Residents in Garson are scratching their heads over what to do about rabbits infiltrating their neighbourhood

They're not sure who's responsible for controlling the size of the colony.

One neighbour says he's shooting the rabbits to keep them away from his yard, while another put up Kijiji ads to get them adopted.

Residents say they've counted up to 70 rabbits in the area.

Darren Hood didn't mean to spark a rabbit explosion in his community, when he released more than a dozen rabbits into his neighbourhood last spring.

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"I didn't know this was going to happen, having that many around,” he said.

“But I'm not ashamed. They don't bug me."

The Ontario Society for the Prevention of Cruelty to Animals can only respond if it receives complaints about animal distress.

"Then our authority can kick in and we go and assess what that distress is and what role we can play,” spokesperson Lynn Michaud said.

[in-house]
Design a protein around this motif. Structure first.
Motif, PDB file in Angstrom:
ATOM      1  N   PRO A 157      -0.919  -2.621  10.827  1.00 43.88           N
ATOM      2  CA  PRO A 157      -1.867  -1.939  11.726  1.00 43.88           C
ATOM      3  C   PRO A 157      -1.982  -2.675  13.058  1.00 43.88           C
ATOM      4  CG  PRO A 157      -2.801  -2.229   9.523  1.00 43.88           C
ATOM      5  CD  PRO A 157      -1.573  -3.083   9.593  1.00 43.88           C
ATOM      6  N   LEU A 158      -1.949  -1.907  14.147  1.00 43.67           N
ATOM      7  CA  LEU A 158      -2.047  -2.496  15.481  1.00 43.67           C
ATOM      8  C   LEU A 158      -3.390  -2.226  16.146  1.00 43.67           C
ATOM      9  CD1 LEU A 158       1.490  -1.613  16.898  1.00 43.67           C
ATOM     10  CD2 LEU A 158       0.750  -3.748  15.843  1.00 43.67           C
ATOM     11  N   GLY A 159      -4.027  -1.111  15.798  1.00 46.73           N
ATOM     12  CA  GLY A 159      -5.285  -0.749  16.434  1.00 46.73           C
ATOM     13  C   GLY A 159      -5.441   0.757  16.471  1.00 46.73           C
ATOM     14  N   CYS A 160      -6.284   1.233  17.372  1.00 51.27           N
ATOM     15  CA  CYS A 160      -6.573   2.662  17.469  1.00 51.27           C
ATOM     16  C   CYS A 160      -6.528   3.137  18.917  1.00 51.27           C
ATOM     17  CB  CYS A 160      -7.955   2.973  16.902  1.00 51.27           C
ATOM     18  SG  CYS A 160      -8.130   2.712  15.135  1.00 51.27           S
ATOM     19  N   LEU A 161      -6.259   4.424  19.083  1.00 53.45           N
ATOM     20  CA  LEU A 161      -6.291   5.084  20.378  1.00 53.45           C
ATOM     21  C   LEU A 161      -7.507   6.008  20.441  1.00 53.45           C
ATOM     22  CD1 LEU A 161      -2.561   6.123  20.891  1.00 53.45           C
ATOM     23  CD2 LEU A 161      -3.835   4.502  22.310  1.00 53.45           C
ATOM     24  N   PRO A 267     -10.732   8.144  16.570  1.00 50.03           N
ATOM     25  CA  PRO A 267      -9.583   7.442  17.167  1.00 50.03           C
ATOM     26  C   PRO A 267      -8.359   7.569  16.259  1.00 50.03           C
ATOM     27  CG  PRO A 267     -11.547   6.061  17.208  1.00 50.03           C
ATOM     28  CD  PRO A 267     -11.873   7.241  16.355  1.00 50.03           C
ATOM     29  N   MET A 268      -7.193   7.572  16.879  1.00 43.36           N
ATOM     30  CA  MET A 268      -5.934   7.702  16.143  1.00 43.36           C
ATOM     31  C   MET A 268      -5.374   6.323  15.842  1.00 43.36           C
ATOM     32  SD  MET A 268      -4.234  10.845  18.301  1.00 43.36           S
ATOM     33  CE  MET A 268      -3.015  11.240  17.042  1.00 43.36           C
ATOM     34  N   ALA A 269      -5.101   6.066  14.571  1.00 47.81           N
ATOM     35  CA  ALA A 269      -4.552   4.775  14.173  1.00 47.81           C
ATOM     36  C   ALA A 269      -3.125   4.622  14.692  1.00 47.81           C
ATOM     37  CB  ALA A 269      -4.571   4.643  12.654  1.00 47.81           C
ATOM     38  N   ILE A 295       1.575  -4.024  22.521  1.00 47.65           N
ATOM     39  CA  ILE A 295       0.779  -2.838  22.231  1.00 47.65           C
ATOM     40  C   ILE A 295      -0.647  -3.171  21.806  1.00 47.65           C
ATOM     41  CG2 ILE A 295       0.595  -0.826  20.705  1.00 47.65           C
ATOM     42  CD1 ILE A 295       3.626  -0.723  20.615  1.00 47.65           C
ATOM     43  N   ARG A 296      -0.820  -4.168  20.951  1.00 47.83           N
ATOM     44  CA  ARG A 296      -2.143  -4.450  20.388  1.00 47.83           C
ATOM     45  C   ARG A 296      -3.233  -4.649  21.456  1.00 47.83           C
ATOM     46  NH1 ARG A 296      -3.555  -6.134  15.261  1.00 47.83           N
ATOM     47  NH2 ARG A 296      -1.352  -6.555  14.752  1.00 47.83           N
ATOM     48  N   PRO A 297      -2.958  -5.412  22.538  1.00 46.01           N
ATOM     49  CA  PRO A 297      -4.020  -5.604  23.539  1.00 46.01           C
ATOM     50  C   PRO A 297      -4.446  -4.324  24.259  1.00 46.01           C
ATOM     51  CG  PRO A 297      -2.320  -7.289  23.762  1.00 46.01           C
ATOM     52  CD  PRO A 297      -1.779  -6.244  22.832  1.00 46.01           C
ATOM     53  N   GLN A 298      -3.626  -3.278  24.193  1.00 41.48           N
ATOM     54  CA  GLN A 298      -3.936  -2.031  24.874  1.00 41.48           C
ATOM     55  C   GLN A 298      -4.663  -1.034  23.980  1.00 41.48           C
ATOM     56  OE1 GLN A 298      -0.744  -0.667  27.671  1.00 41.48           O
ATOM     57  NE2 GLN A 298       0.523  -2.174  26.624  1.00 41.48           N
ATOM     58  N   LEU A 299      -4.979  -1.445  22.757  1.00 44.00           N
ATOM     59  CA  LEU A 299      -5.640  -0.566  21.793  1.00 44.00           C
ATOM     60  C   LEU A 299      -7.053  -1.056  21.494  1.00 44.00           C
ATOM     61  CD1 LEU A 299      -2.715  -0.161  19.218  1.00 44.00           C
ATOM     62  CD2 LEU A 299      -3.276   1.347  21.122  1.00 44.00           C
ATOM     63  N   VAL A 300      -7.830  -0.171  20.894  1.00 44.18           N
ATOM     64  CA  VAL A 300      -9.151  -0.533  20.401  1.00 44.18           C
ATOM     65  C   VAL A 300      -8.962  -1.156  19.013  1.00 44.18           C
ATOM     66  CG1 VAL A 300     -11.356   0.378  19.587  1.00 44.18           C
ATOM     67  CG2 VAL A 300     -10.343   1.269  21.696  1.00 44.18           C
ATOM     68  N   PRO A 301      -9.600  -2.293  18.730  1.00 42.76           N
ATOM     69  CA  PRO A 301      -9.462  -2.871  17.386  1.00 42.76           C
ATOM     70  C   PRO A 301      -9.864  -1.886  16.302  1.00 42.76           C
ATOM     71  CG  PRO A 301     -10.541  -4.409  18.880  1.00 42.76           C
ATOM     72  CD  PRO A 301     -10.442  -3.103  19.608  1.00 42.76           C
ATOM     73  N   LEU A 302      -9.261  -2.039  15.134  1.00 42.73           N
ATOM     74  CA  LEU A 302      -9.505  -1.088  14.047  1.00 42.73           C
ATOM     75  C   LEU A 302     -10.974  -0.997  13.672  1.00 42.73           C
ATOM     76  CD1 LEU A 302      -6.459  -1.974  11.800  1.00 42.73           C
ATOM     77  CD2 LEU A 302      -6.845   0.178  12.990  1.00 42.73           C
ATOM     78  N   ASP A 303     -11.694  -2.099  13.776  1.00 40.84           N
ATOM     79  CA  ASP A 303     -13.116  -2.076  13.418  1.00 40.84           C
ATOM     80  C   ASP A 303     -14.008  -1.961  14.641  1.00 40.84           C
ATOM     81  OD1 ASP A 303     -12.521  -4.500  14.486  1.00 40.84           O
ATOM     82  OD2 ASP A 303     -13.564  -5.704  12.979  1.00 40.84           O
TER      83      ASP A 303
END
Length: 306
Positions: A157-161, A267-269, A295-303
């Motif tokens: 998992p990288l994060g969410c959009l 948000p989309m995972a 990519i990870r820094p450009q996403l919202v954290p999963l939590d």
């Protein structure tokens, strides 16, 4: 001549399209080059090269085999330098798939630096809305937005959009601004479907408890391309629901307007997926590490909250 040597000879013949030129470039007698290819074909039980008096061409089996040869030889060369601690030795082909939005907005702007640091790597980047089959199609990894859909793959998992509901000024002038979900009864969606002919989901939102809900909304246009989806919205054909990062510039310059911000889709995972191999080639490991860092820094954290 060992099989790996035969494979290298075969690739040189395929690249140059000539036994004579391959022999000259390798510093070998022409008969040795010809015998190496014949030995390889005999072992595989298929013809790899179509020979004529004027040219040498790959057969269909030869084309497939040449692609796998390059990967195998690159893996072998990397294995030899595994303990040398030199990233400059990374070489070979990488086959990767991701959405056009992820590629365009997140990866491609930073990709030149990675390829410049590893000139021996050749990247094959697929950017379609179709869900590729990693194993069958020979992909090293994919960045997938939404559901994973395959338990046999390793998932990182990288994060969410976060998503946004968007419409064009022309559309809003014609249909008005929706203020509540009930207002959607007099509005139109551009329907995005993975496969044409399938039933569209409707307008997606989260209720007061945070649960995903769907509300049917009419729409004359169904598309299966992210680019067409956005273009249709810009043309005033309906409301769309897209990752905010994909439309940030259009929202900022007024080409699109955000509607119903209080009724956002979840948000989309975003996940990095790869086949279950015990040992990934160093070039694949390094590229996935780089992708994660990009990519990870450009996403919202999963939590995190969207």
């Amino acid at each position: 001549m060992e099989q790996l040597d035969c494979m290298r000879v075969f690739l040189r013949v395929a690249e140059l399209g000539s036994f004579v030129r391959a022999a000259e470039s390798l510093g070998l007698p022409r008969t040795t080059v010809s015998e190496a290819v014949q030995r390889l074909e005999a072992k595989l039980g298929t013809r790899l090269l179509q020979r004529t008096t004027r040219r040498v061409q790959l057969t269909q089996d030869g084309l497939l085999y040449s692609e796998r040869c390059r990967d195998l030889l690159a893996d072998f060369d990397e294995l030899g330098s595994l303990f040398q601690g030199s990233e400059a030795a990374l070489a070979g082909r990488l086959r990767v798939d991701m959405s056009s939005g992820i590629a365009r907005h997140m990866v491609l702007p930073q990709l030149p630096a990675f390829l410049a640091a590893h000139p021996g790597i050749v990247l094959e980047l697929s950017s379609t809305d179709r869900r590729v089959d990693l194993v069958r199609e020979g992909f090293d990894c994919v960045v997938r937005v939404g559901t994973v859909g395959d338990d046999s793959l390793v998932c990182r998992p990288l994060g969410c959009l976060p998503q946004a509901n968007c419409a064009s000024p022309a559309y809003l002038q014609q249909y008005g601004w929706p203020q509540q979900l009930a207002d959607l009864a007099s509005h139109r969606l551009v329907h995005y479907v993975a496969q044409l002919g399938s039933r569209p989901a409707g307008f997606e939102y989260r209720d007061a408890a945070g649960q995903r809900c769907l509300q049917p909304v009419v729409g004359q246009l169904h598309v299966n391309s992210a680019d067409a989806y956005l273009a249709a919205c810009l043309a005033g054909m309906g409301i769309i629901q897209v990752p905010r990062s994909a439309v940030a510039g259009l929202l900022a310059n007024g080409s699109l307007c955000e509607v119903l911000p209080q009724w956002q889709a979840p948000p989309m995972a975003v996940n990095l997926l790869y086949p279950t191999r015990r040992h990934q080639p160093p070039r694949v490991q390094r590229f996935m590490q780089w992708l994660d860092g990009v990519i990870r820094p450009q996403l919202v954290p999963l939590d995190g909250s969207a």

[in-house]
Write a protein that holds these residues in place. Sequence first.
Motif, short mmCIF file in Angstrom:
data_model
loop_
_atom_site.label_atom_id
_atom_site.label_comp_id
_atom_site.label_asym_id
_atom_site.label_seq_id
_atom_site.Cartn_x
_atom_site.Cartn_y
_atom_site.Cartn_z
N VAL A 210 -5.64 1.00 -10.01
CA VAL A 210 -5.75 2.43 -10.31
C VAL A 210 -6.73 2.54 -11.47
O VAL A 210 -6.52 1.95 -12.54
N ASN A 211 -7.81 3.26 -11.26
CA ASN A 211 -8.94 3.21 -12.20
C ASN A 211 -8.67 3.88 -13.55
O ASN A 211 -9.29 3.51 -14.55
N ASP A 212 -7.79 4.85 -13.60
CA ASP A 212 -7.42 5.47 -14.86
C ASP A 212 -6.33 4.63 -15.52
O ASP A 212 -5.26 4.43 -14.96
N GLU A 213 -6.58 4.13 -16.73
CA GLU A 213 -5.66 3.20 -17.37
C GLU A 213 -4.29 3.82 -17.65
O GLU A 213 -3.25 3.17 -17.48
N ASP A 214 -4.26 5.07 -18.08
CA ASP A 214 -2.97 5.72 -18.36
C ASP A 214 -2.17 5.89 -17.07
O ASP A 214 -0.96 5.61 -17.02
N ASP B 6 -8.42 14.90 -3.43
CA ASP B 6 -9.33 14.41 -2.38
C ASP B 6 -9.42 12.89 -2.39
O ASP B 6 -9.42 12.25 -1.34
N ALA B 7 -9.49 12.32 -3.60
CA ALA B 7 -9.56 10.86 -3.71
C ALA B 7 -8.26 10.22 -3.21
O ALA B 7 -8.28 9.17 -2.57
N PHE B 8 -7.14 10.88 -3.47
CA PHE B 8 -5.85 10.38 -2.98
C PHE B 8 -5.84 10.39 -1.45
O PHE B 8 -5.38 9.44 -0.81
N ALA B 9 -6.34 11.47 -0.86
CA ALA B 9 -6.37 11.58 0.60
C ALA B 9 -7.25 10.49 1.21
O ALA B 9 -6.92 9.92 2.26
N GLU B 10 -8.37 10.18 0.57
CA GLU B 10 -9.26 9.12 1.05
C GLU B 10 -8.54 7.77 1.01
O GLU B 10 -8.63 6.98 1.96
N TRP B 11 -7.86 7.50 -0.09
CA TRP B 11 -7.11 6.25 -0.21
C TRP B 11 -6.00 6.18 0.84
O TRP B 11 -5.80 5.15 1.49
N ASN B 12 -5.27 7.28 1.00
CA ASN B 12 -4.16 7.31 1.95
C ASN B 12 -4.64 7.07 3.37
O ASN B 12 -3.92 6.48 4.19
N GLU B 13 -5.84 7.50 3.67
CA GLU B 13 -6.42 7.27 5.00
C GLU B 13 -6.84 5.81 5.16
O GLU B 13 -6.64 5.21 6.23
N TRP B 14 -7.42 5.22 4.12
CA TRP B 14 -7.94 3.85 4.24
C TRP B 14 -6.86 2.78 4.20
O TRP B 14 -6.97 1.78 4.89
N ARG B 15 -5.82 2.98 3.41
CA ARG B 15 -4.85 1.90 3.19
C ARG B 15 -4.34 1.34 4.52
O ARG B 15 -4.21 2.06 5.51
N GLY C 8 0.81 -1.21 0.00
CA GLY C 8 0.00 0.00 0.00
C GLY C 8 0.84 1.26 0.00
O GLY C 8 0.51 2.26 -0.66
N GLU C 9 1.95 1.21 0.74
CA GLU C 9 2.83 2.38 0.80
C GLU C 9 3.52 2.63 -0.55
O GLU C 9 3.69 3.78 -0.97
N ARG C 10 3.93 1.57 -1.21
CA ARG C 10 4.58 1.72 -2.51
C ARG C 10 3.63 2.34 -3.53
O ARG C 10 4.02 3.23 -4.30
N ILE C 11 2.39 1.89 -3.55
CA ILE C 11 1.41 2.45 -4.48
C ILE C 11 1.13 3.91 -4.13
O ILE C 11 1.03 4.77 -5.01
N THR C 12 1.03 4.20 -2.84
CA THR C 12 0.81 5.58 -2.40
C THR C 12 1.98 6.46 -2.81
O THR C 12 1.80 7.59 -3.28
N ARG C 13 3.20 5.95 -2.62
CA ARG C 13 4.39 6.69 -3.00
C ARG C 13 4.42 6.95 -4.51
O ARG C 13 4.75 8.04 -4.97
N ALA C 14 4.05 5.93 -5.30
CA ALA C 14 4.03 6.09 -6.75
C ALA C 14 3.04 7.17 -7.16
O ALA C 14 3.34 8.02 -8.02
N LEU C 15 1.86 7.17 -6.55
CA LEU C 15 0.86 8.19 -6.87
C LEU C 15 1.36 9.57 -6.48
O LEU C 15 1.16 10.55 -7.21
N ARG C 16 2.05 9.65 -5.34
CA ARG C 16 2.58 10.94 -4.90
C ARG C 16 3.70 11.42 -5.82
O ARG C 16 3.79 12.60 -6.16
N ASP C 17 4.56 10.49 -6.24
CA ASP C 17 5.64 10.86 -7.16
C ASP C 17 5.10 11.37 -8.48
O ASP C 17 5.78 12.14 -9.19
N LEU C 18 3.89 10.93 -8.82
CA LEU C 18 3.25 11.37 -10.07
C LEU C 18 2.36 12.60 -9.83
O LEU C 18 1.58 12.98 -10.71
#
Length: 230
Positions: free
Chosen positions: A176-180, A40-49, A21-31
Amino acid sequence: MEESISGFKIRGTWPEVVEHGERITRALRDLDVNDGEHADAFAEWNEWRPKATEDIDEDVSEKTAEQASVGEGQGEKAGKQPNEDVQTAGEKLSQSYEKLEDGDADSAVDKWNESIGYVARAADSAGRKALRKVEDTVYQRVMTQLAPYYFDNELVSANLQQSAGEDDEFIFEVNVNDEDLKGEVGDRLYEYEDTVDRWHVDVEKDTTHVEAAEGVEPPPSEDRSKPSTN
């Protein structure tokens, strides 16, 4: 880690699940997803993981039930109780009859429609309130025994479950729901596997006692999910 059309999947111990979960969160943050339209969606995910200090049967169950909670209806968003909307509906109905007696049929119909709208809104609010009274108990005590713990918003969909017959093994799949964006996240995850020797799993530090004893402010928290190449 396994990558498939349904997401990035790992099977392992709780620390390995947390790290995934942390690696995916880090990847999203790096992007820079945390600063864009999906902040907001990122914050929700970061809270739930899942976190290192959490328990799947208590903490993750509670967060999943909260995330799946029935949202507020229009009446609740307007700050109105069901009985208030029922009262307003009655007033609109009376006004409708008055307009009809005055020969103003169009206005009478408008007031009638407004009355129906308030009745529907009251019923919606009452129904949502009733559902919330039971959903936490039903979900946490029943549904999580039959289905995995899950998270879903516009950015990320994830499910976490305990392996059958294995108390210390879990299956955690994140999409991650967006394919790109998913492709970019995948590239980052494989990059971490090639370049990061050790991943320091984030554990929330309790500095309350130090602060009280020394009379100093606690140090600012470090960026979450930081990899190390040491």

The Lasalle Animal Clinic treats abandoned rabbits, and the veterinarian there says concerned residents should bring them in for a check-up.

“You know if they wanted to bring it in and have it examined that's probably the best,” Dr. Janice Vannevel said.
“Rabbits certainly need a lot of specialized care. They need proper hay and proper food and proper shelter. So you want to find out what you're doing and make sure you're giving the animal what it needs.”

Officials with the Ministry of Natural Resources and Forestry and the City of Greater Sudbury report they weren't aware of the situation — but they're looking into it.

Morning North

Sudbury vet gives her advice on stopping rabbit infestation

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Sudbury vet gives her advice on stopping rabbit infestation5:55